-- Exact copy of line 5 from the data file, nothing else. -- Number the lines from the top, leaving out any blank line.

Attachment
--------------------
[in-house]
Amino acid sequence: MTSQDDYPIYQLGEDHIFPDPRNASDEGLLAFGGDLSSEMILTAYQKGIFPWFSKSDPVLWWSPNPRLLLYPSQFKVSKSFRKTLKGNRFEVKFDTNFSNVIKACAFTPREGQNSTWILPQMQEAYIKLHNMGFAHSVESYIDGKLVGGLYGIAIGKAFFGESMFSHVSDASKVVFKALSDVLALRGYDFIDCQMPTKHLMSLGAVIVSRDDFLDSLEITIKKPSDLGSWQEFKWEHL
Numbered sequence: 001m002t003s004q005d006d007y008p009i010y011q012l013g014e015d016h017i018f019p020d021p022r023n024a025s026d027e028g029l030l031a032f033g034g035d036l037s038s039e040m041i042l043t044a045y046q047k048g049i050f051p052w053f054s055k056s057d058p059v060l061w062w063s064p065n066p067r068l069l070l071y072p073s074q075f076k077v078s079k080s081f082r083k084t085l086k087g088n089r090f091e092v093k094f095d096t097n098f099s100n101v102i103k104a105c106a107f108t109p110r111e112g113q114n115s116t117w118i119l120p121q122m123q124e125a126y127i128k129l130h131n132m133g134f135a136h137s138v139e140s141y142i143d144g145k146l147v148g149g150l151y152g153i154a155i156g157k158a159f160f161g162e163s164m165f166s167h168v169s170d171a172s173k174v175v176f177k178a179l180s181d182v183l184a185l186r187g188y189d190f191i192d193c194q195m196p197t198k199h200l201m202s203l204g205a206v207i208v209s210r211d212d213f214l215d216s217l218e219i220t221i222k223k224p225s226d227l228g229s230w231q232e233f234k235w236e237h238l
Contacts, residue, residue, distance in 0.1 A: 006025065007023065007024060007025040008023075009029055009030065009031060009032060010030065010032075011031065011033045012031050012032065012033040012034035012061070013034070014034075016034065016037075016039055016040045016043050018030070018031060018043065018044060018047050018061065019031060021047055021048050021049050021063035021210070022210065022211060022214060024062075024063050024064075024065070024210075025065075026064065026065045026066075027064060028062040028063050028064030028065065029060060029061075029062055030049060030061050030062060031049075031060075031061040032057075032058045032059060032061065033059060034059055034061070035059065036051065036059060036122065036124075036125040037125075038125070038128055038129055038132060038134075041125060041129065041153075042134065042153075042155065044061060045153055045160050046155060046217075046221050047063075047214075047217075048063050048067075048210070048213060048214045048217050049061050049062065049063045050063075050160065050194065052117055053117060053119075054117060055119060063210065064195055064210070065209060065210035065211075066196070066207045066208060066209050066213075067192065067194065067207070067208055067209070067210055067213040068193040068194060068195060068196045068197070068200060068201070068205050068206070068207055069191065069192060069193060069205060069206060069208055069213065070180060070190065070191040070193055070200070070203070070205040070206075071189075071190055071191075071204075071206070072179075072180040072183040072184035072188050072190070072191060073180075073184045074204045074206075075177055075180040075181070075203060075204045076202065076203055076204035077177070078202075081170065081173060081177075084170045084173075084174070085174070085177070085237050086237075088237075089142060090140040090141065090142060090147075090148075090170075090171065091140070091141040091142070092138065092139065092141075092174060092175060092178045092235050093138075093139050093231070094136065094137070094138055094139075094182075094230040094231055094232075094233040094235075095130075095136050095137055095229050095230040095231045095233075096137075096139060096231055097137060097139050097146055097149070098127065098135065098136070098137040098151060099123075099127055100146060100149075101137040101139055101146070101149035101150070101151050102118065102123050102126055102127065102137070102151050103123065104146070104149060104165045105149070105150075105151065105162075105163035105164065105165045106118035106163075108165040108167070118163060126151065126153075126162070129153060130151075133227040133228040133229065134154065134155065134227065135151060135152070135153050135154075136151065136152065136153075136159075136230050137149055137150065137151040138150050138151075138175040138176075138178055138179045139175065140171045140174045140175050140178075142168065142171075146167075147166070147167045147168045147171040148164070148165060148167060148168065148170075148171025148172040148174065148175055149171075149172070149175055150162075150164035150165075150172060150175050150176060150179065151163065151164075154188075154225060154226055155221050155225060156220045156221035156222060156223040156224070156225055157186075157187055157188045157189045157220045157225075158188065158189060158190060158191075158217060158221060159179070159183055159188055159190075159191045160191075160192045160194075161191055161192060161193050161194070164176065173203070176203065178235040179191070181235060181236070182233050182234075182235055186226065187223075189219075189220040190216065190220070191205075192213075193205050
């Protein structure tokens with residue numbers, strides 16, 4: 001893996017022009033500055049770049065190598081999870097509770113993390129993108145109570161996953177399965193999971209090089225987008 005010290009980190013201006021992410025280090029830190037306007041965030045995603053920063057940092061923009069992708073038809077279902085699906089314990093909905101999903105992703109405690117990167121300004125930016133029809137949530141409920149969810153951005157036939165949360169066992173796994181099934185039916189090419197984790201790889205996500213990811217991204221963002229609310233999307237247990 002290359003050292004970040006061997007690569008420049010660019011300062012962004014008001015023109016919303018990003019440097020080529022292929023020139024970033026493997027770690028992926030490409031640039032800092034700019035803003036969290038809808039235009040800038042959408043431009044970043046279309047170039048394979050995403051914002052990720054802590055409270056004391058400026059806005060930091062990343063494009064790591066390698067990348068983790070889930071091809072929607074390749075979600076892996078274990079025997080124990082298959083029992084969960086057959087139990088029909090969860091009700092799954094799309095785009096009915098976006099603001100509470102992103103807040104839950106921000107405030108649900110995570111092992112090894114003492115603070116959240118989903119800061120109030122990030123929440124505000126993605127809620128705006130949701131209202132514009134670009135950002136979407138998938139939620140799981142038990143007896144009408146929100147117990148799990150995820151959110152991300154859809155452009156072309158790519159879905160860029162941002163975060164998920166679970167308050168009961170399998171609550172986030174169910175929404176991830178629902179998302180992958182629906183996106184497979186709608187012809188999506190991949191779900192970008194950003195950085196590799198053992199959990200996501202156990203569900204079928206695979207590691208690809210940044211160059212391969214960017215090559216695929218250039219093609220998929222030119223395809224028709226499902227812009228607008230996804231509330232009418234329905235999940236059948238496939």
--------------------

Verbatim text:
């Protein structure tokens with residue numbers, strides 16, 4: 001893996017022009033500055049770049065190598081999870097509770113993390129993108145109570161996953177399965193999971209090089225987008 005010290009980190013201006021992410025280090029830190037306007041965030045995603053920063057940092061923009069992708073038809077279902085699906089314990093909905101999903105992703109405690117990167121300004125930016133029809137949530141409920149969810153951005157036939165949360169066992173796994181099934185039916189090419197984790201790889205996500213990811217991204221963002229609310233999307237247990 002290359003050292004970040006061997007690569008420049010660019011300062012962004014008001015023109016919303018990003019440097020080529022292929023020139024970033026493997027770690028992926030490409031640039032800092034700019035803003036969290038809808039235009040800038042959408043431009044970043046279309047170039048394979050995403051914002052990720054802590055409270056004391058400026059806005060930091062990343063494009064790591066390698067990348068983790070889930071091809072929607074390749075979600076892996078274990079025997080124990082298959083029992084969960086057959087139990088029909090969860091009700092799954094799309095785009096009915098976006099603001100509470102992103103807040104839950106921000107405030108649900110995570111092992112090894114003492115603070116959240118989903119800061120109030122990030123929440124505000126993605127809620128705006130949701131209202132514009134670009135950002136979407138998938139939620140799981142038990143007896144009408146929100147117990148799990150995820151959110152991300154859809155452009156072309158790519159879905160860029162941002163975060164998920166679970167308050168009961170399998171609550172986030174169910175929404176991830178629902179998302180992958182629906183996106184497979186709608187012809188999506190991949191779900192970008194950003195950085196590799198053992199959990200996501202156990203569900204079928206695979207590691208690809210940044211160059212391969214960017215090559216695929218250039219093609220998929222030119223395809224028709226499902227812009228607008230996804231509330232009418234329905235999940236059948238496939």